Wellness Wednesday: Present…But Not Correct

University of Kent Occupational Health and Wellbeing Manager, Brenda Brunsdon

Have you have heard of the word ‘presenteeism’? If you have, did you wonder what it means? A good definition can be found on dictionary.com:

 – the practice of coming to work despite illness, injury, anxiety, etc., often resulting in reduced productivity.

– the practice of working long hours at a job without the real need to do so.

Practising presenteeism is known to be a negative thing for a person’s health and wellbeing. People who practice presenteeism, especially where it is related to working when ill, anxious or injured, are engaging in work tasks when they are not in an optimal or best state to do so; this could be physically or mentally. This means they are struggling at some level to get through the work they are doing. This will likely lead to them become more physically or mentally fatigued or badly affected; it can eventually lead to ‘burnout.’

This leads to us to need to understand what the term ‘burnout’ means. The World Health Organisation recognises ‘burnout’ as an ‘occupational phenomenon’. Mental Health UK define burnout as ‘a state of physical and emotional exhaustion.’ It describes the following as common signs of burnout:


  • Feeling tired or drained most of the time
  • Feeling helpless, trapped and/or defeated
  • Feeling detached/alone in the world
  • Having a cynical/negative outlook
  • Self-doubt
  • Procrastinating and taking longer to get things done
  • Feeling overwhelmed


As well as having a considerable negative effect on someone’s health and wellbeing, presenteeism is seen to be bad for a person’s productivity and performance. Working while battling symptoms of physical or mental ill health can reduce productivity significantly. Research by Paul Hemp published in the Harvard Business Review looked at the three common health issues where people often work with symptoms and the effects on productivity. The health issues were seasonal/allergic rhinitis and hayfever, migraine and depression. All were associated with a drop of productivity of between 4-8%.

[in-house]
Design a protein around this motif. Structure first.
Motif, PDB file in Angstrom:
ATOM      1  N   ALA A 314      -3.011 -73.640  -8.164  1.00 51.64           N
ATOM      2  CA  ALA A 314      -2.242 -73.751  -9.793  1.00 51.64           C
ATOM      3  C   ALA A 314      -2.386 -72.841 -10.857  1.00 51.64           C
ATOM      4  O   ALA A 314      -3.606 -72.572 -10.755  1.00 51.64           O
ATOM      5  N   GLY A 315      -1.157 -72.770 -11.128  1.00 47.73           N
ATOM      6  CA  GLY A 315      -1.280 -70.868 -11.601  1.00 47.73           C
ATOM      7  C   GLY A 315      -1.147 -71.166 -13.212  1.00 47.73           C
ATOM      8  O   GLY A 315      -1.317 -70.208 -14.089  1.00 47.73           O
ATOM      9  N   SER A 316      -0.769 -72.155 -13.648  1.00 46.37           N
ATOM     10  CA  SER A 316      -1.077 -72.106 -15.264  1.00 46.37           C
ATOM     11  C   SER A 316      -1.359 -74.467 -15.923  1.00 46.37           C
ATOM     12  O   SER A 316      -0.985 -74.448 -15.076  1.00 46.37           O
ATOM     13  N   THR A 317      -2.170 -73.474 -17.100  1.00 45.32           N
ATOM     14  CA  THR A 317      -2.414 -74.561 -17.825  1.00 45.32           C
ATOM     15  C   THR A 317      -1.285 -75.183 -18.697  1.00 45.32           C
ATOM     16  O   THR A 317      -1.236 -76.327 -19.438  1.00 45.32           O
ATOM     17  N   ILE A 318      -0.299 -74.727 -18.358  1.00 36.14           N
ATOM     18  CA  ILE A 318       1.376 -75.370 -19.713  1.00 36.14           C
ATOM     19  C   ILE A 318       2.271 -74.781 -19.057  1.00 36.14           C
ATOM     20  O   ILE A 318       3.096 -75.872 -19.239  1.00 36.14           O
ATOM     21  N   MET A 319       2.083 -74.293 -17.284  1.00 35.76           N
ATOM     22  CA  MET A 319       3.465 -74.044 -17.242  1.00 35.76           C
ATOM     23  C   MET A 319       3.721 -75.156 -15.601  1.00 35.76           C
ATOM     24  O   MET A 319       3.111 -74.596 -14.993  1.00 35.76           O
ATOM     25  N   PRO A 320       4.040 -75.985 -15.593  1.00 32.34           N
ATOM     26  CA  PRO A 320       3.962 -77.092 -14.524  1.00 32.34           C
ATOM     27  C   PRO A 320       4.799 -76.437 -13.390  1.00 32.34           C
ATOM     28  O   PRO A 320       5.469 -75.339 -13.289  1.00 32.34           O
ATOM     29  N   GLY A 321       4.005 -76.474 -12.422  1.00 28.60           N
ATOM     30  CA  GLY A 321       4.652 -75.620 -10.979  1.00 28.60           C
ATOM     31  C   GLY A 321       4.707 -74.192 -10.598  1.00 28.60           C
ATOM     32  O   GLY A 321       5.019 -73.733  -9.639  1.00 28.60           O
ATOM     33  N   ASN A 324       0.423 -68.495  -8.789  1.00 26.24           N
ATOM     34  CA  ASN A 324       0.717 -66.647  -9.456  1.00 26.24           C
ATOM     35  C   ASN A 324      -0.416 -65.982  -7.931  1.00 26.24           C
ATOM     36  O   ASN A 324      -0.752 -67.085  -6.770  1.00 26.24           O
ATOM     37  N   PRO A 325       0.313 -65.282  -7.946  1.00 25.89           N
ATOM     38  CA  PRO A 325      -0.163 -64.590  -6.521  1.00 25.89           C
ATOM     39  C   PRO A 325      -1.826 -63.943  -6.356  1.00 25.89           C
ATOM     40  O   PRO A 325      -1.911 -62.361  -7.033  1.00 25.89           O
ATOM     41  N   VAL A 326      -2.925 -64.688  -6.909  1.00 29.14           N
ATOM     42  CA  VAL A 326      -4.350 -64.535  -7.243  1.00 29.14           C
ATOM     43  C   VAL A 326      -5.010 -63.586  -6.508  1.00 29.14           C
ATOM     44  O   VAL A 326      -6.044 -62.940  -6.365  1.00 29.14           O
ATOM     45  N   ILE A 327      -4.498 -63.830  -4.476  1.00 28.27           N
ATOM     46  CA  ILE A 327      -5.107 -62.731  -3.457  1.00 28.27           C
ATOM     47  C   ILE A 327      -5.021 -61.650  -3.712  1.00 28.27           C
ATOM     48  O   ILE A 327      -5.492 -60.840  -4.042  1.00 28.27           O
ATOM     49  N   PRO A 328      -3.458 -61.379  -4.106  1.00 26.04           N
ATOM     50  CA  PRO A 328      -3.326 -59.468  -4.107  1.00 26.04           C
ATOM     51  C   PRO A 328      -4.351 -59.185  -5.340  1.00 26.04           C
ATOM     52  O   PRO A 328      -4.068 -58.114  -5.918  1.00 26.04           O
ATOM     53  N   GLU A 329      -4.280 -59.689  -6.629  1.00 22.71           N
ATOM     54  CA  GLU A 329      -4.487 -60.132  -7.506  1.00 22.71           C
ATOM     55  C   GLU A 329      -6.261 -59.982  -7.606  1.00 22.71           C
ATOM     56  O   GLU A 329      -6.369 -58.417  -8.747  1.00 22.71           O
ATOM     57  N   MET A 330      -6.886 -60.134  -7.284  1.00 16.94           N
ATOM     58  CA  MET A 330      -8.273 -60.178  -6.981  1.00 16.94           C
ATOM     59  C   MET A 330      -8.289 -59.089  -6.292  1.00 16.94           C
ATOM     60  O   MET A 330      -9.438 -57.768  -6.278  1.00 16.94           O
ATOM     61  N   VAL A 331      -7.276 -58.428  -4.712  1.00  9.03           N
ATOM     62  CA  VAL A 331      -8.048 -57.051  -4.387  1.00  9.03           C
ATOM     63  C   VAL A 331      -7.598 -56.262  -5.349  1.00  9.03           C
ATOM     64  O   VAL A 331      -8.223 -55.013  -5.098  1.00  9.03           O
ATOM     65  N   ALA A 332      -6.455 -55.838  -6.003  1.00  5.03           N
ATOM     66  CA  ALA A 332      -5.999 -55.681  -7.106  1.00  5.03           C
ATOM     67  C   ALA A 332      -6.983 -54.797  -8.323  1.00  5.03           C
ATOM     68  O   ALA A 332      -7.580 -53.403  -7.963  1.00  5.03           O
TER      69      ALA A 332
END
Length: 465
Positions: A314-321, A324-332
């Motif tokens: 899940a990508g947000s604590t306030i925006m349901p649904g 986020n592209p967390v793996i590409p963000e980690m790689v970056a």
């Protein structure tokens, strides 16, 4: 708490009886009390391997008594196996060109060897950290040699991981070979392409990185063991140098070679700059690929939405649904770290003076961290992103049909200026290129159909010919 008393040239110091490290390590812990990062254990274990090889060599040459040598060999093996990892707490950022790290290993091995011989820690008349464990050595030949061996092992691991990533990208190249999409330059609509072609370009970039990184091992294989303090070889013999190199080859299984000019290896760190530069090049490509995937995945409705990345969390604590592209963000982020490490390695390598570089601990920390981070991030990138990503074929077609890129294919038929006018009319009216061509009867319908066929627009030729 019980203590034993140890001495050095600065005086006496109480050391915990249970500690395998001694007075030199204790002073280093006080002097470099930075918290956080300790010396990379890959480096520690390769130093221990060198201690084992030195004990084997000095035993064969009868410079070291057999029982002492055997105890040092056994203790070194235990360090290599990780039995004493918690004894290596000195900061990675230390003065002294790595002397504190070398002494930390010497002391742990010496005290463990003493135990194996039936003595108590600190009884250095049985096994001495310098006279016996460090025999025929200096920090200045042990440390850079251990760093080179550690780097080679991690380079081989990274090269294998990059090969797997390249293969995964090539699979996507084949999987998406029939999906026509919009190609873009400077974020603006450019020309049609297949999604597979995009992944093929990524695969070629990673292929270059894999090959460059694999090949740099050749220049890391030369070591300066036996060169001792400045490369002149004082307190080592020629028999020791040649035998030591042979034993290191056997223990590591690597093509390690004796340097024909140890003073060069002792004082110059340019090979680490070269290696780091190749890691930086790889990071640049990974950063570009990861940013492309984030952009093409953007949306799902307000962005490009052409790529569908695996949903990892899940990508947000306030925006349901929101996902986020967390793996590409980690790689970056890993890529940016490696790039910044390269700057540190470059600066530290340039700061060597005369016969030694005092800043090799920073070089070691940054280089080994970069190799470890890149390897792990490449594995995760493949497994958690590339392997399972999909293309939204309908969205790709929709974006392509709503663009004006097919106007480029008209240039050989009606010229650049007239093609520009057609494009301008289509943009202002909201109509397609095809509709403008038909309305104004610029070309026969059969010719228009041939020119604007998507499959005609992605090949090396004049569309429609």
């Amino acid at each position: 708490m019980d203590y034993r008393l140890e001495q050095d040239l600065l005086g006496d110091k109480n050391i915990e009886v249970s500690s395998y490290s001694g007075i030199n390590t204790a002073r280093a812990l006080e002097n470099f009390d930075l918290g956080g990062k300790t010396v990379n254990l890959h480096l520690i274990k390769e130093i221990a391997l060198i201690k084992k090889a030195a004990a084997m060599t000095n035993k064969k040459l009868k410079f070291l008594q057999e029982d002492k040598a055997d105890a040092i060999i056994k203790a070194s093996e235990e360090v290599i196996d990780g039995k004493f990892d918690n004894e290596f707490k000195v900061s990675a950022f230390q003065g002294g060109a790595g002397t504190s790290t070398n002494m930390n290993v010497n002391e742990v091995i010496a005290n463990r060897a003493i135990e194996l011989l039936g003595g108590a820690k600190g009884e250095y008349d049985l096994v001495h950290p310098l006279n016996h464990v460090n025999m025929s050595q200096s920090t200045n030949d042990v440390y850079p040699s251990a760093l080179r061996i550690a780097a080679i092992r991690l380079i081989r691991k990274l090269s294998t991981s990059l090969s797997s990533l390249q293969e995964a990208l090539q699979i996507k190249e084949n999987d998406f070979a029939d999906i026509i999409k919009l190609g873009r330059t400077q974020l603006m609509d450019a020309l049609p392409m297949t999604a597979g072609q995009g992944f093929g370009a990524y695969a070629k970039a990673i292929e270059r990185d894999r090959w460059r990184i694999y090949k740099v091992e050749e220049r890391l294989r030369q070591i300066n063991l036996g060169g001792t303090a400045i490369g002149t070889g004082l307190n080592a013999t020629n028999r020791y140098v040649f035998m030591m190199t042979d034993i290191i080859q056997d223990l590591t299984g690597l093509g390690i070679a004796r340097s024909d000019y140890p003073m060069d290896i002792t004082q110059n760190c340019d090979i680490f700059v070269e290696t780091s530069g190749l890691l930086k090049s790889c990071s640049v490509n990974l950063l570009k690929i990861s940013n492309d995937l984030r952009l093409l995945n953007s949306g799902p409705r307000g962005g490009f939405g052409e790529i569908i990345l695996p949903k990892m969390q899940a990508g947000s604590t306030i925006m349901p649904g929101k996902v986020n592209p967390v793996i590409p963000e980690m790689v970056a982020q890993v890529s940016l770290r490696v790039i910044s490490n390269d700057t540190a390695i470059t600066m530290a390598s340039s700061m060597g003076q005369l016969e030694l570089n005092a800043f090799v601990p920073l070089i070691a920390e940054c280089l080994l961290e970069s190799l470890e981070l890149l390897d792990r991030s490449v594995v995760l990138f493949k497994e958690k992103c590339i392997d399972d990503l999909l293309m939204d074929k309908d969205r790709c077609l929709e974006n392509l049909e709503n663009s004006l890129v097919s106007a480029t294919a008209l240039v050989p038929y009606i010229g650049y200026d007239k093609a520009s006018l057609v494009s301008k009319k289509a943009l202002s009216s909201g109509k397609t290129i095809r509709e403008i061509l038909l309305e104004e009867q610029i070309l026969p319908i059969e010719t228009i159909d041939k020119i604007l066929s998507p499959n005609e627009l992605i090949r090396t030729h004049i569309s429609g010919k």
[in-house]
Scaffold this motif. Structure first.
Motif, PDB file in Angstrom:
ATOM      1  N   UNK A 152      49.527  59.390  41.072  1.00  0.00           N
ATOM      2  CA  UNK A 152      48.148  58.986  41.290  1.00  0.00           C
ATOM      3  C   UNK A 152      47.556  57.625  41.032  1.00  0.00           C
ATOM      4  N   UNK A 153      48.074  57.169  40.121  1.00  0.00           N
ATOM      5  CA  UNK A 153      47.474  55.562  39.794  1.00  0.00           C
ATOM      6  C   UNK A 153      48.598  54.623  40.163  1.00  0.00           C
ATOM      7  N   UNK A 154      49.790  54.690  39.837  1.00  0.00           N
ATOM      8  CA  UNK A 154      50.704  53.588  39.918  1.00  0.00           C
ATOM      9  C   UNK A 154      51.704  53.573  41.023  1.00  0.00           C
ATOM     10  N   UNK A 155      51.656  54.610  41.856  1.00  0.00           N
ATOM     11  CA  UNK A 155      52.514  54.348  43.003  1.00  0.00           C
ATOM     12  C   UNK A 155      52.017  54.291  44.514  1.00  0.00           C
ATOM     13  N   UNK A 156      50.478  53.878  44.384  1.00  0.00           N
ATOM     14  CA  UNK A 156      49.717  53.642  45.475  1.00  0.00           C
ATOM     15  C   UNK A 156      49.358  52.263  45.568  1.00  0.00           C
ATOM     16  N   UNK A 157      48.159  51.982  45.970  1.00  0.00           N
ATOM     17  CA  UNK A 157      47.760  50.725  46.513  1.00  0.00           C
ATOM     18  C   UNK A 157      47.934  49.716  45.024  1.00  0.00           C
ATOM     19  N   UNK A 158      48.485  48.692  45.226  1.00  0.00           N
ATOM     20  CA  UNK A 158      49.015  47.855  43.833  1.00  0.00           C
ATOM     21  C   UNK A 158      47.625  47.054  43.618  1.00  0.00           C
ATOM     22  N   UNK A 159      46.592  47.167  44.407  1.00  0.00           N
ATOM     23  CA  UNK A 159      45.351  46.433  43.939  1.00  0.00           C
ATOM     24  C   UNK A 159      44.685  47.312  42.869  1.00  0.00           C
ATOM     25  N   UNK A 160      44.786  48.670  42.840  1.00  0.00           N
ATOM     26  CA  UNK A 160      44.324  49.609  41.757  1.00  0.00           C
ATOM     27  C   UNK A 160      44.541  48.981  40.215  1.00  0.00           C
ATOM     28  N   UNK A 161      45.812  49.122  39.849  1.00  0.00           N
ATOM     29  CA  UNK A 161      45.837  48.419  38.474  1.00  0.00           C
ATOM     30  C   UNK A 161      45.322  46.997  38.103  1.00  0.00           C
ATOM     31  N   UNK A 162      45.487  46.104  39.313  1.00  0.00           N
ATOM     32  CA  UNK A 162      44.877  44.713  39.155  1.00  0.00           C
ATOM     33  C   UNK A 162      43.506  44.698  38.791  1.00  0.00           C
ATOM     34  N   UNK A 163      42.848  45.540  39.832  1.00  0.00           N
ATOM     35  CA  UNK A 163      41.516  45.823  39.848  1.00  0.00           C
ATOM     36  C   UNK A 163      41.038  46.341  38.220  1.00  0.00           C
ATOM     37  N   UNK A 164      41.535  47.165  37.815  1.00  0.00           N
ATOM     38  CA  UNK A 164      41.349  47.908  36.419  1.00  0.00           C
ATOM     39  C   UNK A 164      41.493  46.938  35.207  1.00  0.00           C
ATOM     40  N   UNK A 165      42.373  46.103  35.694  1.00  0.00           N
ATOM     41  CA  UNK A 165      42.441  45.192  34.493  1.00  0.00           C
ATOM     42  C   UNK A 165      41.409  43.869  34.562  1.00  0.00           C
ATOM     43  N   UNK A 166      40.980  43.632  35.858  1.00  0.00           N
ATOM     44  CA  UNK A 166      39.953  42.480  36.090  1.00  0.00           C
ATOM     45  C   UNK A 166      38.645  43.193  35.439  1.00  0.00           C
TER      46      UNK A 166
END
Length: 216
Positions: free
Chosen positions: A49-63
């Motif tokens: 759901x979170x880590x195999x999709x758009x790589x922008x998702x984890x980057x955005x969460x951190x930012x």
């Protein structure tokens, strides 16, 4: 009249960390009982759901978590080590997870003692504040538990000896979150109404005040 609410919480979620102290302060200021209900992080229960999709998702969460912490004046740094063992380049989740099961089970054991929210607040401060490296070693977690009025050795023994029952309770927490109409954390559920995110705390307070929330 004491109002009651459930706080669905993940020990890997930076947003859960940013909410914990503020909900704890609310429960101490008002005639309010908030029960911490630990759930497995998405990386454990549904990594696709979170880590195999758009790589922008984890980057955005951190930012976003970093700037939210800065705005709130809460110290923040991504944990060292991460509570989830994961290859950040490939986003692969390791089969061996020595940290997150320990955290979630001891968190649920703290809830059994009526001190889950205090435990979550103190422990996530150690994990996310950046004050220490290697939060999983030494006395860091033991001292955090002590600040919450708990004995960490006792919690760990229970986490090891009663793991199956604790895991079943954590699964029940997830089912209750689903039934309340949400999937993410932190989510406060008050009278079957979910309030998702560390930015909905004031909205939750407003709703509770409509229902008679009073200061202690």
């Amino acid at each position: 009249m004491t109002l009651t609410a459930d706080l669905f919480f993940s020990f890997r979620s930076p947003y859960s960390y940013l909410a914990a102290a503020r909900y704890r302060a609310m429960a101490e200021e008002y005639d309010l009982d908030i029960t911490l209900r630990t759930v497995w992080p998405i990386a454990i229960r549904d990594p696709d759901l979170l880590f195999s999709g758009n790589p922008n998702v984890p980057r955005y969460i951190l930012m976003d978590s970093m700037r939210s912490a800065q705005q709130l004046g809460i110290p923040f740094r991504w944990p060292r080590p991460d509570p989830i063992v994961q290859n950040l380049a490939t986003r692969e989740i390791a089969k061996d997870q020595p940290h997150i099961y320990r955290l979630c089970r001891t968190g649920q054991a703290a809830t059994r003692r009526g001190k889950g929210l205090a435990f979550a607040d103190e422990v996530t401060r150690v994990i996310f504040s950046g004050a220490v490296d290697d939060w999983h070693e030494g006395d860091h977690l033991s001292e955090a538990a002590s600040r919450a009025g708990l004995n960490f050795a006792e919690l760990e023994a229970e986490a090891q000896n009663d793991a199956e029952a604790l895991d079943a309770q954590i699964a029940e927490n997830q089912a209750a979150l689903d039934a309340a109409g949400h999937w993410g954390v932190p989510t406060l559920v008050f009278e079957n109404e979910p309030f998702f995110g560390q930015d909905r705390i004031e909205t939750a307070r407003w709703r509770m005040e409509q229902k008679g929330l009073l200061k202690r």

Work culture and high workloads and demands can lead people to work way beyond a standard 35-40 hour working week. However, research by John Pencavel at Stanford University showed that productivity per hour declines sharply when a person works more than 50 hours a week. After 55 hours, productivity drops so much that putting in any more hours would be pointless. Those who work up to 70 hours a week are only getting the same amount of work done as those who put in the 55 hours.

Presenteeism is also bad for organisations. Research has shown that work carried out by people who are distracted because of health symptoms, family concerns or psychological issues is below the standard they produce when they are well or otherwise unimpaired. Two studies, the 2015 Global Challenge 100 Day Journey and the World Health Organization (WHO) Workplace Health and Productivity Questionnaire (HPQ) offer data to show that the relative cost to companies of presenteeism in relation to absenteeism could amount to over 14 times.

This reflects the findings of an earlier study by the Sainsbury Centre for Mental Health in 2007-08 which estimated annual costs of presenteeism to UK employers in mental ill health terms was nearly double that of absenteeism costs.

Perhaps it is worth reflecting on your own habits and practices in relation to presenteeism? If you think it is something that you do, perhaps it is worth attempting to discuss it with your manager or your colleagues?


‘Burnout’ on mentalhealth-uk.org

Presenteeism: at work–but out of it’ by Paul Hemp published in the Harvard Business Review 2004

‘The Productivity of Working Hours’ by John Pencavel, Stanford University & IZA, 2014)

What is presenteeism? The price of productivity loss’ by Lauren Payne on enhesa.com

Mental Health at Work: Developing the business case’ by the Sainsbury Centre for Mental Health, 2007-08

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